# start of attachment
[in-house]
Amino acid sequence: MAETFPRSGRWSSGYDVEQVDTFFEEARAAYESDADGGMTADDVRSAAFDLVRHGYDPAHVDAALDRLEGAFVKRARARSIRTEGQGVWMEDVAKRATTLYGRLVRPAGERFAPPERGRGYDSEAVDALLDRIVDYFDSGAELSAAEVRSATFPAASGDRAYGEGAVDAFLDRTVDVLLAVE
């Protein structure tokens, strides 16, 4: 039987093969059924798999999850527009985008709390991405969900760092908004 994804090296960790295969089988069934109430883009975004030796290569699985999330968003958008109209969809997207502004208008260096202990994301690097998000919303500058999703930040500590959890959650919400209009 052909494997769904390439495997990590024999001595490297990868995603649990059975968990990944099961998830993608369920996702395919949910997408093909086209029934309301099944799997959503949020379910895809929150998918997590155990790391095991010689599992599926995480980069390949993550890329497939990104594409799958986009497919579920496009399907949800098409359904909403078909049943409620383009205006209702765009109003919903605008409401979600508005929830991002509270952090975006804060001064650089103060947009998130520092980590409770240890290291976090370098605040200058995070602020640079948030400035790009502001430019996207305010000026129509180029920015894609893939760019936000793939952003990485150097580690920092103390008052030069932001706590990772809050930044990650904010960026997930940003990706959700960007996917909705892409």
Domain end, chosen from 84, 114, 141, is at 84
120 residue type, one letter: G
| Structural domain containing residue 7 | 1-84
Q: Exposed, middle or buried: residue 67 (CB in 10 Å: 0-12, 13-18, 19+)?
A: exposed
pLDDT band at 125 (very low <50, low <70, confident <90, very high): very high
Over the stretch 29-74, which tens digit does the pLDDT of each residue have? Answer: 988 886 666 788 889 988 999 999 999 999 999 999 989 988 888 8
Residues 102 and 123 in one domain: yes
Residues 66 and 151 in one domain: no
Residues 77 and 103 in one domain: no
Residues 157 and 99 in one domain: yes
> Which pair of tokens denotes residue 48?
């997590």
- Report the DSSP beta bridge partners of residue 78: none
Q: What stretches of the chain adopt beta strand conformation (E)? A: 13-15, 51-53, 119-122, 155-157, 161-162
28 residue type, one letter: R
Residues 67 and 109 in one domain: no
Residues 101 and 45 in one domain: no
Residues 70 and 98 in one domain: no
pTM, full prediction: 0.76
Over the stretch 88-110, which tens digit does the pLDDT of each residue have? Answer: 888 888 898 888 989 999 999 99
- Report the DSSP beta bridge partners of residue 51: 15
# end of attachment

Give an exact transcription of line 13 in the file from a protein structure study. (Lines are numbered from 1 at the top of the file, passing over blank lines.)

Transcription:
Residues 77 and 103 in one domain: no